One of the hallmarks of perimenopause is widely fluctuating hormones and abnormal menstrual bleeding. The hormonal changes women experience during perimenopause can results in less predictable bleeding patterns. Irregular bleeding secondary to fluctuating hormones in general does not mean that there is something wrong.
On the other hand, endometrial hyperplasia (overgrowth of the uterine lining, which could lead to cancer) and endometrial cancer rates begin to rise around the time of perimenopause. Sometimes women fail to ovulate because there are fewer eggs available as they are nearing the end of their reproductive years. If this happens, then progesterone is not produced. Progesterone prepares the lining for shedding in a controlled, confined manner. Without ovulation, the uterine lining can continue to continue to build until eventually it breaks down and bleeding occurs. Such bleeding is often profuse and prolonged. A single episode of heavy prolonged bleeding does not indicate that hyperplasia has developed. However, if this occurs repeatedly, a woman should consult her doctor for an evaluation.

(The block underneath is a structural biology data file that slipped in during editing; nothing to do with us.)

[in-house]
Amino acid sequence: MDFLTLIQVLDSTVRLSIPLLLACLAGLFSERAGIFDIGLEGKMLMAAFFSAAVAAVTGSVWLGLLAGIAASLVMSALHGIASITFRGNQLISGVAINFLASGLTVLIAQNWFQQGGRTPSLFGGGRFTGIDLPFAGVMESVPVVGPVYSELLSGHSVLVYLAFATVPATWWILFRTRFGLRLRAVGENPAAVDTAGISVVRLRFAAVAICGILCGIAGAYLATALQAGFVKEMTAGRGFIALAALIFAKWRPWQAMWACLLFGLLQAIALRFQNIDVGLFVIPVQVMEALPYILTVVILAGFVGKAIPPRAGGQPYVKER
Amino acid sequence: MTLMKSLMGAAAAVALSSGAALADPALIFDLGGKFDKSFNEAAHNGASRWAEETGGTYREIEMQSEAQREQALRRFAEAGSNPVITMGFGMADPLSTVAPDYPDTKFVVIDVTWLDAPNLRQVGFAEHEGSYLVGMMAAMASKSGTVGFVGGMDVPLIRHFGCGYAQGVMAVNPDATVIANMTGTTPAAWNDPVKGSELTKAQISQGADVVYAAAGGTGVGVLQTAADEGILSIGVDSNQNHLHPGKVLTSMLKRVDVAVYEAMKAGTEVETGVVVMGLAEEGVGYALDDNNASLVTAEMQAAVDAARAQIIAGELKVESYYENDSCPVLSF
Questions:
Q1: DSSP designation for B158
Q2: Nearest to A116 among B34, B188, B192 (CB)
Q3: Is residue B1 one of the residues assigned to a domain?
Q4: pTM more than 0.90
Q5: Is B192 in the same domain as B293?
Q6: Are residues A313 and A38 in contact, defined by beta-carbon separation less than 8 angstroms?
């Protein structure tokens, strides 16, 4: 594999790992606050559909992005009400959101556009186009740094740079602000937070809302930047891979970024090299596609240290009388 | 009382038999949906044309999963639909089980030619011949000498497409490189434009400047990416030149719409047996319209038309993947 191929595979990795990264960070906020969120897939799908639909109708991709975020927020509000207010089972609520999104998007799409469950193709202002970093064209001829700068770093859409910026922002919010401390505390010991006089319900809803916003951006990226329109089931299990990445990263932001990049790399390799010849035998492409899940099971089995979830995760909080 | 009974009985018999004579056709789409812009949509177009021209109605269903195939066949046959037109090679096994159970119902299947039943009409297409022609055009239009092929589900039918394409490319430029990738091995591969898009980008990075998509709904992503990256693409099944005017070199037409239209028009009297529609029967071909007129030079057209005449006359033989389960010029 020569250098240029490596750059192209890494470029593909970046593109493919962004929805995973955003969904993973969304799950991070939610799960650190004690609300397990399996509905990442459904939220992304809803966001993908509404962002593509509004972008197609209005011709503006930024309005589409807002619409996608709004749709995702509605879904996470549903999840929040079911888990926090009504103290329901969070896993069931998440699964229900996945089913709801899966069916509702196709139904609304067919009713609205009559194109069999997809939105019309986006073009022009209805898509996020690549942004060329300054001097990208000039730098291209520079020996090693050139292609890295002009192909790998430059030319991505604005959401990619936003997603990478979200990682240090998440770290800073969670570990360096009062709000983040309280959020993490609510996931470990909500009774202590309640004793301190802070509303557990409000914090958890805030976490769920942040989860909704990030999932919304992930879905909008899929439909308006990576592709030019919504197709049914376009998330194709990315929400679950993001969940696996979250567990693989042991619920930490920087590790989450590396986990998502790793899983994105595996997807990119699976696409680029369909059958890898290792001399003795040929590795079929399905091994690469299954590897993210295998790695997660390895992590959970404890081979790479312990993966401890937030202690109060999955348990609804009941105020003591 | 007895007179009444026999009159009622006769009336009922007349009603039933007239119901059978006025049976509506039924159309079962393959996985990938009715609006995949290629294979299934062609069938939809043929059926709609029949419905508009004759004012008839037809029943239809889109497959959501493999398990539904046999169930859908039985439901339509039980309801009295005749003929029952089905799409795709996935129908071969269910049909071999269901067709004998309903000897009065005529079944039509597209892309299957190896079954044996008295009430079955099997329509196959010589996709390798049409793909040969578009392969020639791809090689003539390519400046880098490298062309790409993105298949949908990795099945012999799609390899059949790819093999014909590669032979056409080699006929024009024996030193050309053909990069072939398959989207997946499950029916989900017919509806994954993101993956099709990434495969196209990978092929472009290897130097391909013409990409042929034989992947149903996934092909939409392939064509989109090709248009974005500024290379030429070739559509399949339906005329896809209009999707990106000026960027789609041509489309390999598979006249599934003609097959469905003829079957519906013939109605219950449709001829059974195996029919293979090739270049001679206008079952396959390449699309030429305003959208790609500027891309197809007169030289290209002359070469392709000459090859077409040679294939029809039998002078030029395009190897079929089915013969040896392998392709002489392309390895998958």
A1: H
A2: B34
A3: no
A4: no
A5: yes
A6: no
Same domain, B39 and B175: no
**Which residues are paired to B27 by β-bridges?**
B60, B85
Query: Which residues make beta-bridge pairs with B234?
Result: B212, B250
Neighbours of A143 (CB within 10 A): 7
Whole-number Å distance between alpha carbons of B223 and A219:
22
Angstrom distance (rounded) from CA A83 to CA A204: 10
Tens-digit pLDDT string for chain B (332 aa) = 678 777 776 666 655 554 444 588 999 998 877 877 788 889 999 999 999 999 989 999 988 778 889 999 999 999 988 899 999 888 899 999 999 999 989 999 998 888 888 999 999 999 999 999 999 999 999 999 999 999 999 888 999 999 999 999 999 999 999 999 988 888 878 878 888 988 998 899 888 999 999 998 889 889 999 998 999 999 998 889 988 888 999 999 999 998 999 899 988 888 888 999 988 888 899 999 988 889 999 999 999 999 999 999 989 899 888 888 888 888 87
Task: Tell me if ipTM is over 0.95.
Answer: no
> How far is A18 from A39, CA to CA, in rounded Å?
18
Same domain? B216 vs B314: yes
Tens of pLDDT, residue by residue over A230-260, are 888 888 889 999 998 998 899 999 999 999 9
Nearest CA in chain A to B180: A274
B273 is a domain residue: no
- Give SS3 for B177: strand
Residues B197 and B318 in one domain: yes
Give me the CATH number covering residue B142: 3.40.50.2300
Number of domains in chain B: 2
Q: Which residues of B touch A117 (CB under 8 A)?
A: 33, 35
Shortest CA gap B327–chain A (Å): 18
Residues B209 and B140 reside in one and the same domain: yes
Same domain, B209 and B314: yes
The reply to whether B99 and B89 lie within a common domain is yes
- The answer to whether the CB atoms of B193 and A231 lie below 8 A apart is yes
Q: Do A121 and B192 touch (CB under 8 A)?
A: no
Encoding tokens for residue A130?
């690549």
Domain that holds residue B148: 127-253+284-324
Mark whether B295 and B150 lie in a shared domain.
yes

Women often ask what menstrual bleeding patterns do not signify a problem and which may need further evaluation. Keeping a menstrual calendar, or a simple diary account of all bleeding, and bringing it to your gynecology appointment for review can be very helpful. In fact, there are even menstrual bleeding apps for smartphones that you can install to make tracking any changes even easier. A couple examples are iPeriod and Tampax OnTrack. The following bleeding patterns, particularly if they occur repeatedly, merit evaluation:
- Very heavy menstrual bleeding, especially with clots
- Menstrual bleeding lasting greater than 7 days or two or more days longer than usual
- Bleeding intervals of less than 21 days from the onset of one menstrual period to the onset of the next one
- Spotting or bleeding between periods
- Bleeding after sexual intercourse